Bright lights, small village
It may be an absolutely unapologetic formula film, but Mohabbatan
Sachiyan reinvents rural Punjab in the loveliest of ways
seem quite impressed by the recent revival of cinema and to make
audience return to the theatres yet another movie hits the cinema
and this time it is a Punjabi movie. Mohabbatan Sachiyan, directed
by Shehzad Rafique opened on Eid and since then has been getting
positive response from viewers. Notably the movie is the first love
story in Punjabi language after Syed Noor's blockbuster Choorian.
And this time, the man who takes the credit for bringing in cinema
goers is director Shehzad Rafique.
Shehzad Rafique's Salakhain flopped in 2004 he returns with Mohabbatan
Sachiyan and has done a decent job with it. Although the story line
isn't what the viewers haven't seen before, the cinematography is
brilliant. The vulgarity element usual in Pakistani and especially
Punjabi films isn't there. It's a fresh start for cinema in Pakistan
and alongwith violence, vulgarity too is out of the traditional
Punjabi 'blockbuster' formula.
Sachiyan is set in a small village in Punjab and starts of with Salma
and Sameer's childhood engagement. As they grow up Salma (Veena Malik)
finds herself falling for another boy from the same village. Nomi
(Adnan) is a naive village boy who is well mannered and likes her
too. Both Nomi and Salma happen to study in the same college and have
everything going for them, but both of them are ignorant of Salma's
engagement. Sameer's family, on the other hand, has moved to the city
and Sameer (Babrak) is a spoilt brat who does not take life seriously,
preferring to party it up in Lahore.
Sameer's mother tells him about his childhood engagement and forces
him to tag along on their visit to the village and see Salma. Sameer
who has no intentions of marrying let alone commit to a childhood
engagement, accompanies his mother for kicks. Nomi and Salma try all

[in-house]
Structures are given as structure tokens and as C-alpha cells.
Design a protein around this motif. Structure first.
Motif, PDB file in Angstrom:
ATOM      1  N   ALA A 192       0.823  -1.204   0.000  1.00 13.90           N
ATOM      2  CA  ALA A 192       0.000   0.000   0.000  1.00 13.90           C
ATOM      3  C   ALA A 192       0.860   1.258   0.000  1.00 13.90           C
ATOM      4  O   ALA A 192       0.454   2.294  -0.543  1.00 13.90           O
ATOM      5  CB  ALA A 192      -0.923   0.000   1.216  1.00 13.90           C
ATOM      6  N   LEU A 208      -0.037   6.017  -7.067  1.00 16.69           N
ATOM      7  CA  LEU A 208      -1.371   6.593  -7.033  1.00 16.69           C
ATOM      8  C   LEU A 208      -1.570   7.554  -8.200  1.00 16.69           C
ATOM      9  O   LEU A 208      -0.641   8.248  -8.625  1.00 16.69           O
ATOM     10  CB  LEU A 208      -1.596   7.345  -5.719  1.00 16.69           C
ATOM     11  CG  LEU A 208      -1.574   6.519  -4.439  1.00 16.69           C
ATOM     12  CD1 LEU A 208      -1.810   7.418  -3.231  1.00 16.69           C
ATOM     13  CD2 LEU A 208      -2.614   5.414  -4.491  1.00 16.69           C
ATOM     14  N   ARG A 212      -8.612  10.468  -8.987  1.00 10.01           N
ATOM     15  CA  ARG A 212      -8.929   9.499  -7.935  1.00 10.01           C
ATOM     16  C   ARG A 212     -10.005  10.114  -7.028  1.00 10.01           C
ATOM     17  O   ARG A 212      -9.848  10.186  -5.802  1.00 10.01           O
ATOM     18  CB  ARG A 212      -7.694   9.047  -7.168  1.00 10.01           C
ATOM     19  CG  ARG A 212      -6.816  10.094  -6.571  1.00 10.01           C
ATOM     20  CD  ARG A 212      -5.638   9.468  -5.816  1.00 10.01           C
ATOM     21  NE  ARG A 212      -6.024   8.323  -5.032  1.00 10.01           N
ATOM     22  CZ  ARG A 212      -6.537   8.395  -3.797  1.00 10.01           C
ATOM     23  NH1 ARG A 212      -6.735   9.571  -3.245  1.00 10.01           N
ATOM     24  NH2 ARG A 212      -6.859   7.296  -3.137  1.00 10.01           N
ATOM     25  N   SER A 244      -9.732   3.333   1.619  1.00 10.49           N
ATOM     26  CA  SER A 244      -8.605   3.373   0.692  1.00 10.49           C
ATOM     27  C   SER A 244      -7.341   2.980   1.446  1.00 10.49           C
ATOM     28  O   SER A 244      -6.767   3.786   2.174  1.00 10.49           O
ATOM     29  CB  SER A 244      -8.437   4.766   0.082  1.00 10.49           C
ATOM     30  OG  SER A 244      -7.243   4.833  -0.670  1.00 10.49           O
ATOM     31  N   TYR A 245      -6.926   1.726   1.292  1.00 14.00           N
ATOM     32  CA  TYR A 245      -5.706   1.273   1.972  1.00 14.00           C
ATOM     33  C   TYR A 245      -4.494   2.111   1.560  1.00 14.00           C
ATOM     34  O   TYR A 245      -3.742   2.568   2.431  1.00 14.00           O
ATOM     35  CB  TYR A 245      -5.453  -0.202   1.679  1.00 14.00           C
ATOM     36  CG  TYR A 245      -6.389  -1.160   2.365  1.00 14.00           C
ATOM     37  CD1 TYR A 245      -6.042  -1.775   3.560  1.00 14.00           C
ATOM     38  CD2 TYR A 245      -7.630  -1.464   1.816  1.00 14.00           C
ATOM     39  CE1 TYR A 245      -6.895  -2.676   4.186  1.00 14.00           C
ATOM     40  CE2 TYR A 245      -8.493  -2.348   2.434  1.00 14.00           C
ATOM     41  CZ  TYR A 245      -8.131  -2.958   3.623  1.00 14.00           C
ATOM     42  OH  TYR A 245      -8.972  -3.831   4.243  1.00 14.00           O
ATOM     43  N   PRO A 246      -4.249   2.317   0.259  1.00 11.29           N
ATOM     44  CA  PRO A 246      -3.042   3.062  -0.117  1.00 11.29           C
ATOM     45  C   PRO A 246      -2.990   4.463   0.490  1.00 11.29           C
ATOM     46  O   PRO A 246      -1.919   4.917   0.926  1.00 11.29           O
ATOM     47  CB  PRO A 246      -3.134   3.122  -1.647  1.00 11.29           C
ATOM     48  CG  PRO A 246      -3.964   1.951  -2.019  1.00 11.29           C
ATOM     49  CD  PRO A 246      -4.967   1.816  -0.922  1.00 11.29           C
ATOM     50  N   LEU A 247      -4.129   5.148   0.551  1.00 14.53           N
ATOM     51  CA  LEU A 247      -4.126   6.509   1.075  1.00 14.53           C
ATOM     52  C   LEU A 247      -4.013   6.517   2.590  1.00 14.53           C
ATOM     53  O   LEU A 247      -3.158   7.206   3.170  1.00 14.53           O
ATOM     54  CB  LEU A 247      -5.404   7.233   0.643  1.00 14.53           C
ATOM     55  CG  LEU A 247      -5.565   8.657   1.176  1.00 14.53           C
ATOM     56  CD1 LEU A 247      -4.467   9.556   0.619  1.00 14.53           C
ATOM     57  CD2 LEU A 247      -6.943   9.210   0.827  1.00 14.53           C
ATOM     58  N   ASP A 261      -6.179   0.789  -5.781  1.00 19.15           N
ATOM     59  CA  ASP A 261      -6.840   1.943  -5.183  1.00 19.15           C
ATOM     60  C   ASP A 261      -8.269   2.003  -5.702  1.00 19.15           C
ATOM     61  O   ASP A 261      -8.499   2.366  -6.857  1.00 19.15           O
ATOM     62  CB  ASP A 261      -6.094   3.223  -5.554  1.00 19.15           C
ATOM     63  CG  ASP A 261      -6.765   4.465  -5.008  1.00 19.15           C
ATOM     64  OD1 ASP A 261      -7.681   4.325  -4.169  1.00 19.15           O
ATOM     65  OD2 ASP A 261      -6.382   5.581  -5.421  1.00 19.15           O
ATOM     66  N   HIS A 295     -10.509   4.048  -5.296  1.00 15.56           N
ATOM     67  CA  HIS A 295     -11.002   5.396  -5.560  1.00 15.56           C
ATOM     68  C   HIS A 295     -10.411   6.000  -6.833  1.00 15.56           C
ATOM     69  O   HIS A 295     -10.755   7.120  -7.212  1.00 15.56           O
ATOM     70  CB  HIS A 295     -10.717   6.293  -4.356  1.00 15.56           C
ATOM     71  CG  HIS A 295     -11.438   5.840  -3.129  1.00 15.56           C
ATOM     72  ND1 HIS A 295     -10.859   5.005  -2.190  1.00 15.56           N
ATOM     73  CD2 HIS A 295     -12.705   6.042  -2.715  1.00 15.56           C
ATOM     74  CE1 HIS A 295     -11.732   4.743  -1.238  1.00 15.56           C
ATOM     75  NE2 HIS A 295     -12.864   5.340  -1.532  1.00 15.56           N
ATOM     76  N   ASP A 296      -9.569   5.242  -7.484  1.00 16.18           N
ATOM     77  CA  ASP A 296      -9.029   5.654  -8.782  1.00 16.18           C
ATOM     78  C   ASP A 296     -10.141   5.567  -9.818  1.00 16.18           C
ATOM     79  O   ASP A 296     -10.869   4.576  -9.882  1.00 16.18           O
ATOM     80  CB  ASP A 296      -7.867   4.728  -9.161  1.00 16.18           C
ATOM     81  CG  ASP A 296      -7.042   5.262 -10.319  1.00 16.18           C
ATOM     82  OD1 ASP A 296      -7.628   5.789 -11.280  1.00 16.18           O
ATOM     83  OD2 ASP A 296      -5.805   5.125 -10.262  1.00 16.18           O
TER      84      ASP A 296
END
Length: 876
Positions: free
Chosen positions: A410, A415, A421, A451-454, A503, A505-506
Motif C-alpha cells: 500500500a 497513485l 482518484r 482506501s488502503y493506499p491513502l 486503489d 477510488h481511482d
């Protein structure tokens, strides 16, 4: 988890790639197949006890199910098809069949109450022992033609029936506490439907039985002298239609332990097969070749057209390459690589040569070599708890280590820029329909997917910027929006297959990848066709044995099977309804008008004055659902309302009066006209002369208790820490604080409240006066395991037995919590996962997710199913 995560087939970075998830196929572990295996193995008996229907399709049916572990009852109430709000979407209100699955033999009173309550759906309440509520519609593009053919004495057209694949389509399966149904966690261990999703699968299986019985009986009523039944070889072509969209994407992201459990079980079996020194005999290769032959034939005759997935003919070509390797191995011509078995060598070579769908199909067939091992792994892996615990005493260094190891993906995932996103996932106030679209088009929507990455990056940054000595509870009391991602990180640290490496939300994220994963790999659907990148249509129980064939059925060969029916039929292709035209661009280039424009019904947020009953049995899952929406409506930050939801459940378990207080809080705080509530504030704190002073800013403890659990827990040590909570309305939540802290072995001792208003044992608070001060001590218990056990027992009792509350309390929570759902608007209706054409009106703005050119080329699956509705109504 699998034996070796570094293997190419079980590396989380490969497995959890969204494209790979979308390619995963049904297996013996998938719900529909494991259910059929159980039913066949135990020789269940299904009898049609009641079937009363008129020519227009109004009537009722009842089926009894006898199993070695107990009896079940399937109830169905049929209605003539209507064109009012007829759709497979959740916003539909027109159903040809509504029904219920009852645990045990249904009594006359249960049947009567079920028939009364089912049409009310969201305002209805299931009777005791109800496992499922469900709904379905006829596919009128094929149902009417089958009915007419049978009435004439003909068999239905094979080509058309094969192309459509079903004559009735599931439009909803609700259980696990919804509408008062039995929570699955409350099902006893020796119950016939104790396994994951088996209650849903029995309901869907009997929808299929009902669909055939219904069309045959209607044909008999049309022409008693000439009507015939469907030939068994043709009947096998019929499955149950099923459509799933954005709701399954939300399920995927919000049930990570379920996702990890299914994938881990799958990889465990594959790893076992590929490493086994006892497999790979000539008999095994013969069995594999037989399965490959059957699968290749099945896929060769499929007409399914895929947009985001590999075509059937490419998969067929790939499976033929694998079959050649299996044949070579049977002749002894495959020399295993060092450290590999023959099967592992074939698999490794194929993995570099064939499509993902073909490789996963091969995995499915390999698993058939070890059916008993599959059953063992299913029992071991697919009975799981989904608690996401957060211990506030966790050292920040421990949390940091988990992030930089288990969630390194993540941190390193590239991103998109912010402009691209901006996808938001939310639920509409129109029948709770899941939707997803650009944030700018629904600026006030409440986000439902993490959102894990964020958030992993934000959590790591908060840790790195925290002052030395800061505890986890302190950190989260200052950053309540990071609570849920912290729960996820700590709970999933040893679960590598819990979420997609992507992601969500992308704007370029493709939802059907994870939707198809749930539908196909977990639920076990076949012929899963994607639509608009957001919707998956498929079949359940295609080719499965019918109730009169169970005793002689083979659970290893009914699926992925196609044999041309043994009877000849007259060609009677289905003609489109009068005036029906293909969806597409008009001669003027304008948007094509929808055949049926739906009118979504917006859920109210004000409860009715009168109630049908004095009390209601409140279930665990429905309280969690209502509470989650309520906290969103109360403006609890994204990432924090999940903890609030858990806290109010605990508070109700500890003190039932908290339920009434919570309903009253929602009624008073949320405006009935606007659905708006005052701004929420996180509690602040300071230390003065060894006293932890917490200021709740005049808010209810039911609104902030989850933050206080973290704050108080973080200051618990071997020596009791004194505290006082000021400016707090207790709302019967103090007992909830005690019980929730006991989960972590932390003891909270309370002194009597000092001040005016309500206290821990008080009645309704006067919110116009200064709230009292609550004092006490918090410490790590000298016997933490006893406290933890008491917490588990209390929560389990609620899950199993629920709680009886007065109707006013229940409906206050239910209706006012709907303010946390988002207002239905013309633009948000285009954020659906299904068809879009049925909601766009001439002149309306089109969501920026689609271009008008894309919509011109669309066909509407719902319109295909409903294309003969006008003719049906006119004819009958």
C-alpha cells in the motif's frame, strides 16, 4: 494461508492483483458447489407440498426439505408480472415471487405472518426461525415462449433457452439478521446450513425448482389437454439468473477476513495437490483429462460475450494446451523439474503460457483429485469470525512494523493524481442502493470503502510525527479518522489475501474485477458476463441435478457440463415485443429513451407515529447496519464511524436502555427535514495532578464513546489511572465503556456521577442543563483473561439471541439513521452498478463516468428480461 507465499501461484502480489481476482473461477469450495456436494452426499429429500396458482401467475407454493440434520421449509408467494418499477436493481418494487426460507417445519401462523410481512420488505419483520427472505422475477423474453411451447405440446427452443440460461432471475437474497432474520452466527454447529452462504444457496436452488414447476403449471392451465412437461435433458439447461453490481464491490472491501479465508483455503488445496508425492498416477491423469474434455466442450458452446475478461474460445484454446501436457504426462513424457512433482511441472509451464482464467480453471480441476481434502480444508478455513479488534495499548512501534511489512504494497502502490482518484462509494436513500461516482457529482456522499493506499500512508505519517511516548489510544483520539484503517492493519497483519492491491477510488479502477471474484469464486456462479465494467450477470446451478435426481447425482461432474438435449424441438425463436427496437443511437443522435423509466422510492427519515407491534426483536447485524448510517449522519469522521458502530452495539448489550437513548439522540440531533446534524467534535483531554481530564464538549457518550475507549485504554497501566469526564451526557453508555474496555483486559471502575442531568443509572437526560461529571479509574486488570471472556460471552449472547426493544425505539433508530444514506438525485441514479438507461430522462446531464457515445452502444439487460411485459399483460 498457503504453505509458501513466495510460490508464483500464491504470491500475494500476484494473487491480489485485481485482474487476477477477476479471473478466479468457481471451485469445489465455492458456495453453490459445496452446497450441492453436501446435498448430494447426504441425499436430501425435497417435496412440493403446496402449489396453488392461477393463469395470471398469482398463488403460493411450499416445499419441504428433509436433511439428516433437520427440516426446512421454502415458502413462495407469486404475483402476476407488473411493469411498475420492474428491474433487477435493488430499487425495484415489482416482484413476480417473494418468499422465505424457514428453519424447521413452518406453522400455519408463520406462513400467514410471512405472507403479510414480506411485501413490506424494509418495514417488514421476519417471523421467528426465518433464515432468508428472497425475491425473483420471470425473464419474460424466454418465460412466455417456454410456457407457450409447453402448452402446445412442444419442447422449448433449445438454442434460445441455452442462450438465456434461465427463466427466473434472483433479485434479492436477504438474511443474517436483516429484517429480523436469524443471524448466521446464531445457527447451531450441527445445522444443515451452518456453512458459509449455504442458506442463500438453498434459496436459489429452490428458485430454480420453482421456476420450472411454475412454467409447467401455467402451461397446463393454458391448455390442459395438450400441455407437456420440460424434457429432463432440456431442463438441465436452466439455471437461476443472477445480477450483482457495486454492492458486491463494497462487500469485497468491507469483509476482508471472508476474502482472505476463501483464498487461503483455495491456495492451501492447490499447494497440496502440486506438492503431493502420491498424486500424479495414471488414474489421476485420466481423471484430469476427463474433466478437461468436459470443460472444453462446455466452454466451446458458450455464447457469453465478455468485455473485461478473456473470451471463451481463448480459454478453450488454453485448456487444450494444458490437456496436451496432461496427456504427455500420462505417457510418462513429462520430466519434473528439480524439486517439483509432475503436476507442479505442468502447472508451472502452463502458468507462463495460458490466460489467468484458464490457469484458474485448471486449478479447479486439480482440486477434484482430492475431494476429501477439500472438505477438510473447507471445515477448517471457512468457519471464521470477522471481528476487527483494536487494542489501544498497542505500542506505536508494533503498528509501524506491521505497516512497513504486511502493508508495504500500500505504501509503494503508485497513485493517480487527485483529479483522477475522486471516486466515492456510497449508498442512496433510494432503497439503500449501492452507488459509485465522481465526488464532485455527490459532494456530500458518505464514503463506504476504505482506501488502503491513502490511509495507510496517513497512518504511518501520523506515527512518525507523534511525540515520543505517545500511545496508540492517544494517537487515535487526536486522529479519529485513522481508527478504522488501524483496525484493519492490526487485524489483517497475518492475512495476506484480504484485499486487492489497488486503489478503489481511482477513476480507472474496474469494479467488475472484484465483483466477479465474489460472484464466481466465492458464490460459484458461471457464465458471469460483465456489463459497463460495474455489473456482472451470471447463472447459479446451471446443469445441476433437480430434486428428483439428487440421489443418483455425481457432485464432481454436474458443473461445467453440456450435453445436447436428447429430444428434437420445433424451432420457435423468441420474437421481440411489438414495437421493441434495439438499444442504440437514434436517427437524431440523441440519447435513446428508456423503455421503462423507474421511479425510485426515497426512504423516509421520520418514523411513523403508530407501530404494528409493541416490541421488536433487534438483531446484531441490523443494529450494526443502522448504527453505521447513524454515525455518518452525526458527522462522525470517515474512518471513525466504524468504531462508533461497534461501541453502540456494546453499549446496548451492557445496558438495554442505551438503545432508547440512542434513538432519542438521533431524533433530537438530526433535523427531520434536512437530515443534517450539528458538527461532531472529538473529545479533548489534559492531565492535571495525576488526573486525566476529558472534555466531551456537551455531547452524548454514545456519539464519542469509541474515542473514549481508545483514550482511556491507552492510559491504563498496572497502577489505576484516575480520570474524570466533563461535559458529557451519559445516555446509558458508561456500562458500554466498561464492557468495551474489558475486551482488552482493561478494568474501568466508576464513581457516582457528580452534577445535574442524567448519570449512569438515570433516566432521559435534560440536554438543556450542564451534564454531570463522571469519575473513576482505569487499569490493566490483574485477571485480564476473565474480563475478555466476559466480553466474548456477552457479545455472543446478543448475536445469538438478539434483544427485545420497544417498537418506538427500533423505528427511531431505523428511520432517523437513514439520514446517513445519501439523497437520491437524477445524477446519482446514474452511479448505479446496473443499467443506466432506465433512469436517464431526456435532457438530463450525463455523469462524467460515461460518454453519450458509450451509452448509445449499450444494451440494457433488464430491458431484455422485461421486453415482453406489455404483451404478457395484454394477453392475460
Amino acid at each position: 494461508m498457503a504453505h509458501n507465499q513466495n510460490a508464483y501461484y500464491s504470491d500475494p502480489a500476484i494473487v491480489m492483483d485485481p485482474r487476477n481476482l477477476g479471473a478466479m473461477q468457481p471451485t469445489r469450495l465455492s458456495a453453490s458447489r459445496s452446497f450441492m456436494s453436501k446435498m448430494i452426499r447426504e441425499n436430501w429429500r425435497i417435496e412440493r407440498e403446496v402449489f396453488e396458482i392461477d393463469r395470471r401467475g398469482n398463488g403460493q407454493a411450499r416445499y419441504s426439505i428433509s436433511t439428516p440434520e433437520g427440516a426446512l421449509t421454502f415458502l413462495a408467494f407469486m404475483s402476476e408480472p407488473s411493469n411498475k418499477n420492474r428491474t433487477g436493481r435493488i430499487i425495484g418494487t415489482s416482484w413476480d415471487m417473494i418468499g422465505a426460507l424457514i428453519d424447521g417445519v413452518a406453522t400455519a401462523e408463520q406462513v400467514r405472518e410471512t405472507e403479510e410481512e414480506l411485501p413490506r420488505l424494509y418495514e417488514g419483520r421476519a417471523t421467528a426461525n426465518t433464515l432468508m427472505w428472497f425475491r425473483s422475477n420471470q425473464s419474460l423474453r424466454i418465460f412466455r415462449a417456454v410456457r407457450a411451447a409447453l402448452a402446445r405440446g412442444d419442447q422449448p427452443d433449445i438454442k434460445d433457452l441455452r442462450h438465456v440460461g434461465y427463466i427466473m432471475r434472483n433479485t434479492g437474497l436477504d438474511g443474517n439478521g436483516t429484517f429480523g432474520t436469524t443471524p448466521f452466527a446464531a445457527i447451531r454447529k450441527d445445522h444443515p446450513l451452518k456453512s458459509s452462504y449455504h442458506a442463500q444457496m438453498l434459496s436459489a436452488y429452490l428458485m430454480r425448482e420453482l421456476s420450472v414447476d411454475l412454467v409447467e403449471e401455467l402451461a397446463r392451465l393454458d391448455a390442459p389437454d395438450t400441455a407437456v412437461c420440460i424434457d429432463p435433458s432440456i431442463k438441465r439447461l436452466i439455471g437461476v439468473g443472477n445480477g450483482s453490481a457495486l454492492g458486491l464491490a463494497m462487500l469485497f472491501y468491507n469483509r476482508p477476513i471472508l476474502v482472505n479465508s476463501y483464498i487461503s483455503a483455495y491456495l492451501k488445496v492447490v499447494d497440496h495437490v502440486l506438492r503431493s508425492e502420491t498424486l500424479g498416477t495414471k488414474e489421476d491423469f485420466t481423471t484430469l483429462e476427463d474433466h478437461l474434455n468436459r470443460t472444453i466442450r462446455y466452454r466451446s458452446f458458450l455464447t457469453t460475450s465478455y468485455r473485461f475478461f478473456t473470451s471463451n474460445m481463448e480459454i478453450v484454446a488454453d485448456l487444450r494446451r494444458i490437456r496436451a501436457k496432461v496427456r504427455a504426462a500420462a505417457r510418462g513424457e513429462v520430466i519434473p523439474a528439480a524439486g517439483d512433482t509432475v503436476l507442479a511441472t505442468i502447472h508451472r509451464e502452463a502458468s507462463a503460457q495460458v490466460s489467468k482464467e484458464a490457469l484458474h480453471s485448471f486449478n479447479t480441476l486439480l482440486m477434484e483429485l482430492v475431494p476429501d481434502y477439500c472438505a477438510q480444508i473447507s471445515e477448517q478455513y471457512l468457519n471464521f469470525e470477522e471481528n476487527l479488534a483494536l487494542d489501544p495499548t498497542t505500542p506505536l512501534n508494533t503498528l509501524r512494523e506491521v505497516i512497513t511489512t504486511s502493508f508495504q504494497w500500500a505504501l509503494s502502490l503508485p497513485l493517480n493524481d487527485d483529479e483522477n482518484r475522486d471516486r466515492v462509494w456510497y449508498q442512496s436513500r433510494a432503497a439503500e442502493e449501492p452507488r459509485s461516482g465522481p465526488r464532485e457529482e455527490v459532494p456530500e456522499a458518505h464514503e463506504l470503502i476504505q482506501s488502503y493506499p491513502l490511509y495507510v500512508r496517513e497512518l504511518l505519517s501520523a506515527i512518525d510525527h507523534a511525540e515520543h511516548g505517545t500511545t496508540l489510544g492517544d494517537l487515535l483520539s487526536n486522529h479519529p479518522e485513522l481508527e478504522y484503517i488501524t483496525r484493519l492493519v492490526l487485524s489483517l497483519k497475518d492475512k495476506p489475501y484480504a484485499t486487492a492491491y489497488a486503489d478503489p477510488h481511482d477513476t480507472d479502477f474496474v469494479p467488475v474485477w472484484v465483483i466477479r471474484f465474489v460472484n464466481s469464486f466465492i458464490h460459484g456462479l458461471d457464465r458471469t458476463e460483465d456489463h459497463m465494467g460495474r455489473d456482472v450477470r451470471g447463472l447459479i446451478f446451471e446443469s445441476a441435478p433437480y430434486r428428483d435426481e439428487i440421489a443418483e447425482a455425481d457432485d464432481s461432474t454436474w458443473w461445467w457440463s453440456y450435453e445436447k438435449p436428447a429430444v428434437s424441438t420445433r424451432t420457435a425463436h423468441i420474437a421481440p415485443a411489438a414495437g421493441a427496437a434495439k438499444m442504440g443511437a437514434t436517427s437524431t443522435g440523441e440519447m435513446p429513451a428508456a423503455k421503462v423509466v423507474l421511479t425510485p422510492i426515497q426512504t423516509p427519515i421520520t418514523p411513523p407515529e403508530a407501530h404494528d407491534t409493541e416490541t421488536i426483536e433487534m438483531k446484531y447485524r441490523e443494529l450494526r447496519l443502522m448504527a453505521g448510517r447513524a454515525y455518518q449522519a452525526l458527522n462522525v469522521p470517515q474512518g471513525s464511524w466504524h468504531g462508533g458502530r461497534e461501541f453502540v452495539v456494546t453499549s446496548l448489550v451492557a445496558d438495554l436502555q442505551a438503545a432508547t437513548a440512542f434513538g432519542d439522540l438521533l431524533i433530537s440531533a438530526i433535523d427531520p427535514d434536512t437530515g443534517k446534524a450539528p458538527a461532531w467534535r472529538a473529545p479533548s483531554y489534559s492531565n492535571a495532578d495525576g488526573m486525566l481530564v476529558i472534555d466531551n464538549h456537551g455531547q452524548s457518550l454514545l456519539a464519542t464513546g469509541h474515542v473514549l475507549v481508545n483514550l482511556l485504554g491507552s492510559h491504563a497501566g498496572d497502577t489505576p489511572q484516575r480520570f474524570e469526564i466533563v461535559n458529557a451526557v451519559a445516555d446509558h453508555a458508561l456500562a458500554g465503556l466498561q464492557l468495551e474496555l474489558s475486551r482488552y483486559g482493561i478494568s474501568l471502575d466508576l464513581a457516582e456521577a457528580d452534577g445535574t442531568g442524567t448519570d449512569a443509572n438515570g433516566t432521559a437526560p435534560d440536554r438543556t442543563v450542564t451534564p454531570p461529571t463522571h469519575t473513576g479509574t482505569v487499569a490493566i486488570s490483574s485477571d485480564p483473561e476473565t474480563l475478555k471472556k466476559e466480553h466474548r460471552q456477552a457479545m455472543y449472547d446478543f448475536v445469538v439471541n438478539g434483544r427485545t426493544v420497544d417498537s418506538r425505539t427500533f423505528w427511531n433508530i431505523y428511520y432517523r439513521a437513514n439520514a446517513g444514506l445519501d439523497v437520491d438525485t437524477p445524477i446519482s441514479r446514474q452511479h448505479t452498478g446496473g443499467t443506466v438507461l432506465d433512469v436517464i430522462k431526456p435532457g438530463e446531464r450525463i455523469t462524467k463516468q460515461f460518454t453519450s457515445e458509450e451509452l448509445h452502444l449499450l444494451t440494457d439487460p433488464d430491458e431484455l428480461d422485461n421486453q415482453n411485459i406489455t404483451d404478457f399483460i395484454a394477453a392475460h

they can to convince Salma's father to let Salma marry Nomi. What
follow is emotional drama and a few fight sequences.
Sachiyan's storyline is one that has been done to death on both sides
of the border, so in every scene you can actually predict what will
happen in the next. Yet Mohabbatan Sachiyan is eminently watchable
by Punjabi film standards. And that is because a conscious effort
has been made to make it so. At the premiere, I asked Shehzad Rafique
about how the colours are so brilliant and he told me that the processing
of Mohabbatan Sachiyan was done in India and it's the first Digital
Intermediate (DI) film of Pakistan. Look it up and you will find that
DI is "the process of digitizing a motion picture and manipulating
color and other image characteristics to change the look, and is usually
the final creative adjustment to a movie before distribution in theaters."
Mohabbatan Sachiyan is the first step in that direction for Pakistan.
No wonder the colours look good. The storyline may not leave anything
to the imagination, but the packaging is so beautiful in the darkness
of the cinema, you will be held spellbound.
there is the music. By the renowned Wajahat Attre (pop singer Jimmy
Attre's father), the music is melodic and more than that Indian singers
Sonu Nigam, Sunidhi Chauhan and Sherya Ghoshal sing on the soundtrack.
That is enough to sell music on both sides of the border. Speaking
of which, Mohabbatan Sachiyan will be released in India on Diwali
alongside Om Shanti Om and Saawariya. But then, since it's in Punjabi,
it will have a different market. Currently, Veena Malik and Shehzad
Rafique are in New Delhi at the Second South Asian Film Festival plugging
their film. Released by Geo Films, Mohabbatan Sachiyan is proof that
the revival of cinema will not stop short at a story well told. Marketing
a film is essential in this day and age and that is what is being